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Monday, 12 November, 2001, 16:31 GMT
Russian 'Big Brother' bares all
Russia's Big Brother
It didn't take the participants long to break the ice
A Russian reality TV show set in a purpose-built flat inside a hotel off Red Square is attracting queues of eager voyeurs.

A one-way mirror window allows the public to watch the six contestants - who will be eliminated weekly by public poll - competing to win a one bedroom Moscow flat.

Russia's Big Brother
Olga and Margarita settled into their new home
Cameras are allowed everywhere within the flat, including the shower and toilet and the results, broadcast on TV and the internet, are causing a stir.

Za Steklom or Behind The Glass, has been criticised as "porn" in the newspaper Izvestia last week, and "with no limits" by Moskovskiye Novosti.

The programme has been likened to the Big Brother format, which was part of the first wave of reality TV shows on channels across the world.

Events inside the flat have become a major topic of conversation in Moscow since the show's 27 October launch.


Many Russians, who are used to more conventional styles of programming, have been scandalised by antics at the flat.

The makers of Za Steklom said they found foreign versions of Big Brother "boring" and as a consequence chose extroverted contestants.

In the first week of the show, a young man, Sacha, joined Margo in the shower to soap her back.

Sasha's fiancée Macha subsequently broke off their engagement on a talk show on the grounds that he had publicly humiliated her.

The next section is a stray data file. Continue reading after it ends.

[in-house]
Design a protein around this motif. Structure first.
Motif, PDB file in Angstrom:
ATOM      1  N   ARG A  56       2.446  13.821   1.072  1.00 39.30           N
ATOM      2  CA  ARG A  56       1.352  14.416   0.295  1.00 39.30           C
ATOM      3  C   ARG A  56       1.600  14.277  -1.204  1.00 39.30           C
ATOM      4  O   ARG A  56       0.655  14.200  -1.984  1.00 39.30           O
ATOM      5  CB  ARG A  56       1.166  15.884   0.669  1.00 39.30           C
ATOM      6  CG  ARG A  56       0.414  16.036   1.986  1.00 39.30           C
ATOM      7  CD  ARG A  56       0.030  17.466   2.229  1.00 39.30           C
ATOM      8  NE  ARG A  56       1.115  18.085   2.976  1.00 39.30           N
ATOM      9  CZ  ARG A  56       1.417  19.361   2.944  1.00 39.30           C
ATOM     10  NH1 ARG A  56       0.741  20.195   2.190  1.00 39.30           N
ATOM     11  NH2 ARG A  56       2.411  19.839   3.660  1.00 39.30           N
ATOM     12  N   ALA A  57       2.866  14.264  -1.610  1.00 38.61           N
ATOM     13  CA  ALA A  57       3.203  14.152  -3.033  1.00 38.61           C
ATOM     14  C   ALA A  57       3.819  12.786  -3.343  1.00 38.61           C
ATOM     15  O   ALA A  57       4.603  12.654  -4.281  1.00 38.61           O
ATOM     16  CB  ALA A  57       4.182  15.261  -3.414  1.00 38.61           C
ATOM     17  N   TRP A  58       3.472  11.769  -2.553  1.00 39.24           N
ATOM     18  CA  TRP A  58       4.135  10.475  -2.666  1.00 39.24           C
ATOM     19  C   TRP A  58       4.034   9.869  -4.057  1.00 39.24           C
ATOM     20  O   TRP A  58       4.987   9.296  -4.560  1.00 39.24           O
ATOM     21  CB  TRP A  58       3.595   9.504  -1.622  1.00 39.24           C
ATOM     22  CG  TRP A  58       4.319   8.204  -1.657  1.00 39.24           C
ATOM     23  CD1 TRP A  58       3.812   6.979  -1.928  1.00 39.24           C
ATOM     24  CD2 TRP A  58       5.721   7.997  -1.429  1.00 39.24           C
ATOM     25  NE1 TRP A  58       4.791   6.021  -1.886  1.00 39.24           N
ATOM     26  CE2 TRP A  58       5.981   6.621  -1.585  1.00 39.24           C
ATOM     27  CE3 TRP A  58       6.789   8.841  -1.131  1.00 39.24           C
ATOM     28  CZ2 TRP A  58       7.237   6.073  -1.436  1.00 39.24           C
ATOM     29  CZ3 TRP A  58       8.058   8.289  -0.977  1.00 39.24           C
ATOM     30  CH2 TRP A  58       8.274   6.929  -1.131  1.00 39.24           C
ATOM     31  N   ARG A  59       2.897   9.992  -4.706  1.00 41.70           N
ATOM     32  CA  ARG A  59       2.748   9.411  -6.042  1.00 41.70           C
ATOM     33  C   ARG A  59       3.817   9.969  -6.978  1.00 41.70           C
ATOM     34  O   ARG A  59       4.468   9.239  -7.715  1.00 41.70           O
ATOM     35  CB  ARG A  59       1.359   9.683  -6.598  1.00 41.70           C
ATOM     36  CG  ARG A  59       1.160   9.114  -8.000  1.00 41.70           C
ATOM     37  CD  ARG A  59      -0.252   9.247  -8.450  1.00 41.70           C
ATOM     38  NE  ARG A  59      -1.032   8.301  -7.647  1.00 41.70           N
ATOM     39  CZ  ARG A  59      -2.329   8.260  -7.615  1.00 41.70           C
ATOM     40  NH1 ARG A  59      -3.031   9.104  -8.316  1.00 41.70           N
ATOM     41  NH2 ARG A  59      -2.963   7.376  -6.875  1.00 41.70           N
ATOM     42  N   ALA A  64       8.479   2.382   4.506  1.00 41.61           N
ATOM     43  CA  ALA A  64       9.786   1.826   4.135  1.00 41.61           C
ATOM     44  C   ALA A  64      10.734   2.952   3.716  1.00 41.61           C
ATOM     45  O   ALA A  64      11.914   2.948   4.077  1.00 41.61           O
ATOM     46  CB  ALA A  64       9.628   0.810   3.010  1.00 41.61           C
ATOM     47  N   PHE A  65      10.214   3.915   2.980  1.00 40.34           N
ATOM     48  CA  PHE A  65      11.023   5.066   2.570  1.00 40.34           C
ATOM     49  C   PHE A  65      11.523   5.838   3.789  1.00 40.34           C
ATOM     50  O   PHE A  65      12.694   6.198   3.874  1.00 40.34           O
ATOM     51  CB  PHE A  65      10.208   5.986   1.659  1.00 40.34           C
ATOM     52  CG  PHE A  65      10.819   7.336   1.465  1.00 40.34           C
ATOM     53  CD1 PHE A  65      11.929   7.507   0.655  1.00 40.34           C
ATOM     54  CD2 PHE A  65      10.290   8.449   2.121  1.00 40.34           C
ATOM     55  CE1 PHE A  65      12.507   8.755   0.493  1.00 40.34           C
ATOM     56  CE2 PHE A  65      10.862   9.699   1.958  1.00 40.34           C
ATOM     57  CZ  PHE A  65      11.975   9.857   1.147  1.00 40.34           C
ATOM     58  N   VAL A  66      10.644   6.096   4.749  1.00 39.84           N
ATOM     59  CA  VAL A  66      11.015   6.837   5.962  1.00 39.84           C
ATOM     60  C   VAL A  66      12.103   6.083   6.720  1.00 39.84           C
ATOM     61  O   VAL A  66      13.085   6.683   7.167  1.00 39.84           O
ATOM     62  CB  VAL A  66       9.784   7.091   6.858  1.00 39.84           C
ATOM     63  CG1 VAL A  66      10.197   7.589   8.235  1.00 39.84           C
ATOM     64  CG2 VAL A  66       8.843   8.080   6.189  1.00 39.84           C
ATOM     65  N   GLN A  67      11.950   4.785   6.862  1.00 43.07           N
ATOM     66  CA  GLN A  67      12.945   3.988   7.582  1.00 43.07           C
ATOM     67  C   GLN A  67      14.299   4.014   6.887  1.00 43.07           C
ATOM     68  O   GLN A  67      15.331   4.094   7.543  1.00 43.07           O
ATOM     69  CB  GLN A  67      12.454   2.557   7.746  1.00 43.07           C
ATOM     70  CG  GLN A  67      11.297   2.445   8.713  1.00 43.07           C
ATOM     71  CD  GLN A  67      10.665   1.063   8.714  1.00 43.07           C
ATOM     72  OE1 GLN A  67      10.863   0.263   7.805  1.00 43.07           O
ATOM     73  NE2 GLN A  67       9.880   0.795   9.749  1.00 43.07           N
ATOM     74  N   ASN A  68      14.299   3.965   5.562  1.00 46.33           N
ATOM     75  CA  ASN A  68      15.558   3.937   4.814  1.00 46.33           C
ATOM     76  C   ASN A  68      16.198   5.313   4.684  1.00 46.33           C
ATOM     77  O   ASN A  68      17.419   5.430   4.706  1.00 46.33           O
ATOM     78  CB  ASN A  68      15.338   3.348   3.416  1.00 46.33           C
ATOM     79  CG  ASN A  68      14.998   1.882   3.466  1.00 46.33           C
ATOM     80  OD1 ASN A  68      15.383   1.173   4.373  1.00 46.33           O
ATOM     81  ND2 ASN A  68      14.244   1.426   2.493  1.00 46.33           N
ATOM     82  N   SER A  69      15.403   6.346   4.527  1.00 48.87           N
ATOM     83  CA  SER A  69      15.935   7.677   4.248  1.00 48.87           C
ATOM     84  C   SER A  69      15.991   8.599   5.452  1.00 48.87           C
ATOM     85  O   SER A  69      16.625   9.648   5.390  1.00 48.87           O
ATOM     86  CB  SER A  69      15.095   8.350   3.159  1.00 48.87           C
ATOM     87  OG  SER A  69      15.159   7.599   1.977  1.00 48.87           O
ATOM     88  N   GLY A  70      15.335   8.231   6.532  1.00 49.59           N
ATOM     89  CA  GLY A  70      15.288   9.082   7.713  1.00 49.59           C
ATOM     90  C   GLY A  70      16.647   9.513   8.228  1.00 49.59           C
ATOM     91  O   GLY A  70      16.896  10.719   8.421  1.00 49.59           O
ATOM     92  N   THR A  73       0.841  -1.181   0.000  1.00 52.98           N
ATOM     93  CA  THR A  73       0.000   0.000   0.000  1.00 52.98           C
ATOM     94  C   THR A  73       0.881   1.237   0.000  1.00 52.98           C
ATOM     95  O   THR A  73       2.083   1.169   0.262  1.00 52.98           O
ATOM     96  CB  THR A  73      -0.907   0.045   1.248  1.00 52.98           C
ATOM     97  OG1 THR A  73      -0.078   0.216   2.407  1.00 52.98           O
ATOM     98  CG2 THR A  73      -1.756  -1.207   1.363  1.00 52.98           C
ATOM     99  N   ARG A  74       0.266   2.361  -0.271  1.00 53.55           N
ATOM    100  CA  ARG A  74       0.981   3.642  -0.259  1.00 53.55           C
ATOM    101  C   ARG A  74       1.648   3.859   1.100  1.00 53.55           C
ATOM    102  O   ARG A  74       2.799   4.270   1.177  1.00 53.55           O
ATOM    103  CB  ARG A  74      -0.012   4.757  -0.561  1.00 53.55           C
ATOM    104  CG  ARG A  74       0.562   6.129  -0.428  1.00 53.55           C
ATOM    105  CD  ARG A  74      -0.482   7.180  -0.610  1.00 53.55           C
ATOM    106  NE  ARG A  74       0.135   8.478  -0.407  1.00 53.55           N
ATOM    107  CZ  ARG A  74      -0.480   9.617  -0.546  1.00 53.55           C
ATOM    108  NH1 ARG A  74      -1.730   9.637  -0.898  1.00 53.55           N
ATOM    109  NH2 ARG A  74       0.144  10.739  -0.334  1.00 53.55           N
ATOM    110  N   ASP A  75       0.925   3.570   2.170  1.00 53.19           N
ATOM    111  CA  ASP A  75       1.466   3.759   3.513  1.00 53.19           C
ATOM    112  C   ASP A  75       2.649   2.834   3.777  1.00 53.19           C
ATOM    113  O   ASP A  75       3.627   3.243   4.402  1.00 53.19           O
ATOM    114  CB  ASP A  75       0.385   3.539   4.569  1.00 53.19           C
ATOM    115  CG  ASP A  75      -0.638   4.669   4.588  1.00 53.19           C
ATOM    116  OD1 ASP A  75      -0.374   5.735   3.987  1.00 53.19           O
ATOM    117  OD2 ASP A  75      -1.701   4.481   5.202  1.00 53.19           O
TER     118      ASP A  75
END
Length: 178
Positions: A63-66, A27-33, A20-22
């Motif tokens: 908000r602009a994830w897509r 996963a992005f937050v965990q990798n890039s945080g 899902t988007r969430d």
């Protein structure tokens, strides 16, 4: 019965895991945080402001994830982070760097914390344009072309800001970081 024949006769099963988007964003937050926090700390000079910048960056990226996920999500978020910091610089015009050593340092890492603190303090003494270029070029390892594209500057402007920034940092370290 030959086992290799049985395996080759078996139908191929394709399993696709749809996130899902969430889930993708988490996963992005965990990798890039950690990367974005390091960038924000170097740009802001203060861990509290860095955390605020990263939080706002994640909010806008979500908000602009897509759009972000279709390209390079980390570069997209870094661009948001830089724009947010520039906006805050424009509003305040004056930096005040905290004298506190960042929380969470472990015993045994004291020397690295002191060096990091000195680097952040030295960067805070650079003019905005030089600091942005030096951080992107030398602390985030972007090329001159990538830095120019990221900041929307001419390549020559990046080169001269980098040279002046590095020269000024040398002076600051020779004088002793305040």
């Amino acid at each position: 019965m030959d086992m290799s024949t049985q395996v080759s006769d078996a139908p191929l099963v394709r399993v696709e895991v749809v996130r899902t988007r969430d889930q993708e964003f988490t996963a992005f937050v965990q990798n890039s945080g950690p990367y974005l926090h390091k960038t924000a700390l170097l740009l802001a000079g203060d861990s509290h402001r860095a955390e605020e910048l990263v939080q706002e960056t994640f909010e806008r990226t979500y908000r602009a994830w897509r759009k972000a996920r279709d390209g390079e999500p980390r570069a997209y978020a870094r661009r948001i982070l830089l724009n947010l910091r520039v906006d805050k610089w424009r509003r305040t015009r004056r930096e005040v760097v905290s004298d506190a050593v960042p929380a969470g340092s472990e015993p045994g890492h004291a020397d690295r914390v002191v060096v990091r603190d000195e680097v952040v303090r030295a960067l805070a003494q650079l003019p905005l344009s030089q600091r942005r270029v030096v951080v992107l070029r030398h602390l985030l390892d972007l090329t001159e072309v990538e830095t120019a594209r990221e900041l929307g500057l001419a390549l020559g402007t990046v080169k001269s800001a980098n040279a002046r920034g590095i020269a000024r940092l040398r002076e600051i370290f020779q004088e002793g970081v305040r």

Sasha then quit the show in an attempt to patch up the relationship.

Contestant watching a video
The show is not entirely intense socialising
Since this scene, a variety of liaisons amongst the contestants have kept the ratings for the show sky high.

Advertisers are keen to get slots around the show and even the independent and respected radio station Ekho Moskvy is carrying tapes from the flat.

The programme's producer, Ivan Usachev, said at the launch of Za Steklom, that there were high aims for the show.

"The purpose of the experiment is to take people back to the times when there was no television," Mr Usachev said.

"We will see whether today's youth has retained a love of talking."

The flat, in the hotel's right wing, offers the inmates no recourse to the outside world, nor do they have the option of taking a stroll in the already wintry Moscow air.

Za Steklom is broadcast three times a day on Russia TV6 and the flat can be viewed live 24 hours a day on the web.

See also:

04 Sep 00 | Talking Point
Reality TV: What's the attraction?
29 Oct 01 | TV and Radio
Russia is watching Big Brother
30 Jul 01 | Country profiles
Country profile: Russia
24 May 01 | TV and Radio
Reality TV around the globe
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